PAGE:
Taking a morning off from sewing, I went to see a new exhibition from the National Portrait Gallery at the gallery at Sunderland Museum and Winter Gardens. This is entitled ‘Writers of influence’, and ranges from Chaucer to J K Rowling, via Charles Dickens, Virginia Woolfe and Dizzee Rascal (plus many others). They’re all fascinating to see, but the real star of the show, and what looks like making the exhibition a real blockbuster, is the Chandos portrait of Shakespeare.
This is the only portrait of him that has ‘any claim to have been painted from life’, as the caption put it, which is as good as we’re going to get, and good enough for me.
This is quite a coup for the gallery as this is the first time ever that it’s been displayed outside of London, and as something of a Shakespeare fan, I was determined to see it today, the exhibition’s opening. There were a lot of people there, most hearteningly of all a bunch of teenage boys. They weren’t on a school trip (it’s Saturday), and they weren’t there with their parents, they’d come along because they wanted to. Maybe our culture’s in safer hands than we give it credit for.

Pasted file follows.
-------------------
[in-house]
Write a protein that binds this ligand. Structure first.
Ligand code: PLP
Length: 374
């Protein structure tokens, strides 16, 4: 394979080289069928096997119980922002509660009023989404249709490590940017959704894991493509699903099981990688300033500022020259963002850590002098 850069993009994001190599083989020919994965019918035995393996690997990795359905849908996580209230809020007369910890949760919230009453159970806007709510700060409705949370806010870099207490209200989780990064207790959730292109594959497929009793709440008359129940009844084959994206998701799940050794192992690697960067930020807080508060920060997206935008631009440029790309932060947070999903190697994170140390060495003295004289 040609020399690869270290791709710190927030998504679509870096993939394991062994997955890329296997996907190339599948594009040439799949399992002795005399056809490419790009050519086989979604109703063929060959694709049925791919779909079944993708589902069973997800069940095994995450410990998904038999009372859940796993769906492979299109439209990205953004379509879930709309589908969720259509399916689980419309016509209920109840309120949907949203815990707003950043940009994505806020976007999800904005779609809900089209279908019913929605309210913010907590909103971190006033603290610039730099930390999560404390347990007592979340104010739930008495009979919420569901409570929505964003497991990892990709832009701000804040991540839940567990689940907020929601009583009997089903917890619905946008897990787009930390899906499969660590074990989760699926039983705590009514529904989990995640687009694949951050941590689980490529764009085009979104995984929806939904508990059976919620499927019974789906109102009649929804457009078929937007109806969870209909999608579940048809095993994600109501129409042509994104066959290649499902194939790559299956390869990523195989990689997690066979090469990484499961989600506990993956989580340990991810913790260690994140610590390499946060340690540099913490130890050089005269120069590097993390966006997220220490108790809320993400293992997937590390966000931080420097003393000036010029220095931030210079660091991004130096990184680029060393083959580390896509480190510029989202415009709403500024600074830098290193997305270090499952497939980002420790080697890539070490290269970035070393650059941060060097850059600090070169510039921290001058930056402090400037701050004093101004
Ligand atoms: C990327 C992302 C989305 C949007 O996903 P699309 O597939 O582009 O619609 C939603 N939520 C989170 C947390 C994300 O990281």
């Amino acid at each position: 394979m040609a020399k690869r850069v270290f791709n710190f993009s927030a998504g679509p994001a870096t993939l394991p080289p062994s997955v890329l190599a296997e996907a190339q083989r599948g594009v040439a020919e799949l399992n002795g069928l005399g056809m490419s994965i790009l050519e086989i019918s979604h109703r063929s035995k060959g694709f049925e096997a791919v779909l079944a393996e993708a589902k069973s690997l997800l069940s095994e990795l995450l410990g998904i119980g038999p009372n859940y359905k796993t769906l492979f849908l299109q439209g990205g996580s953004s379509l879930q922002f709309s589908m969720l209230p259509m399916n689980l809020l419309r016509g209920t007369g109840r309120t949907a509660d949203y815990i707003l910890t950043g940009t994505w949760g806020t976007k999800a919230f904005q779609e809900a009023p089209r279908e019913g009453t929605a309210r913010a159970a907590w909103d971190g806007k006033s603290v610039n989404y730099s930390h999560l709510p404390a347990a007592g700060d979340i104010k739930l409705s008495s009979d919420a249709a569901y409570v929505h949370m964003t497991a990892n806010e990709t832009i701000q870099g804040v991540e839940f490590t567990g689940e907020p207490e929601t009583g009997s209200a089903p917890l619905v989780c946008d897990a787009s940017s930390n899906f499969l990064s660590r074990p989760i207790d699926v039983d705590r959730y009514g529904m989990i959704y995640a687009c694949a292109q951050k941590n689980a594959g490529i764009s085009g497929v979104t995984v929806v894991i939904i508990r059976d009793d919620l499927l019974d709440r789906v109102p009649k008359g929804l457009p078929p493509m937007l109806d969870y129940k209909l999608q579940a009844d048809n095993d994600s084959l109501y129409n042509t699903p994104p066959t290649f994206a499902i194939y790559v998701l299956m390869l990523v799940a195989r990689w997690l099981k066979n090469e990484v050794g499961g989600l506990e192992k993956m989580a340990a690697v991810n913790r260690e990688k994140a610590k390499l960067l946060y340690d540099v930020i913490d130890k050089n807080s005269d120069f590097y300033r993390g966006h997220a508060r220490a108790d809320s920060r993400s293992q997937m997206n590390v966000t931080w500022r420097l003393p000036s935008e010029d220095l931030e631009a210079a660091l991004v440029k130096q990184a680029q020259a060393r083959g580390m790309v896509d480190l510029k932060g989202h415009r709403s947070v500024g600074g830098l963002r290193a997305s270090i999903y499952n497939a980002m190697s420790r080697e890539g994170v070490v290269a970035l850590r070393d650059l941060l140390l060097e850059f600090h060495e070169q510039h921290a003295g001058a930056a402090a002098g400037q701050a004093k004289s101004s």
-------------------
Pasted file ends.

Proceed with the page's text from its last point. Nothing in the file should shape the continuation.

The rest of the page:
Photos weren’t allowed in the gallery, of course, but outside in Mowbray Park, I did take one of a rather different literary figure: the Walrus.
Lewis Carroll (also in the exhibition) had family and friends in Sunderland, and stayed here often. On one visit, he went to see the skin of a walrus, being displayed to the public by a sea captain (you had to make your own entertainment in those days). Sunderland had a massive shipbuilding industry, and he would have seen many men heading to work in the shipyards. They were wooden ships, and the men were woodworkers, or, of course, carpenters. So, The Walrus and the Carpenter, surreal as it is, was directly inspired by Sunderland people and things. Carroll’s work was an influence on John Lennon, who wrote I am the Walrus. He’s in the exhibition too.
The walrus skin was stuffed and was on display in the museum for a century or so before finally falling apart; when I was a kid the head, mounted on a plaque, was still proudly displayed over the door. That’s had it too now, so a life-size bronze statue was commissioned in its stead.
Walking back through the park, I passed the statue of Jack Crawford, the ‘Hero of Camperdown’, and the boy who quite literally nailed the flag, or the colours, to the mast during a sea battle, giving us an enduring expression.
The inscription on the sculpture in the foreground reads:
‘On open seas
or dry land
nail your colours
to the mast’
There’ll be an exhibiton on in your local museum or art gallery or library, and it’ll be every bit as interesting as this one and will tell you just as much about where you live. Go and see it.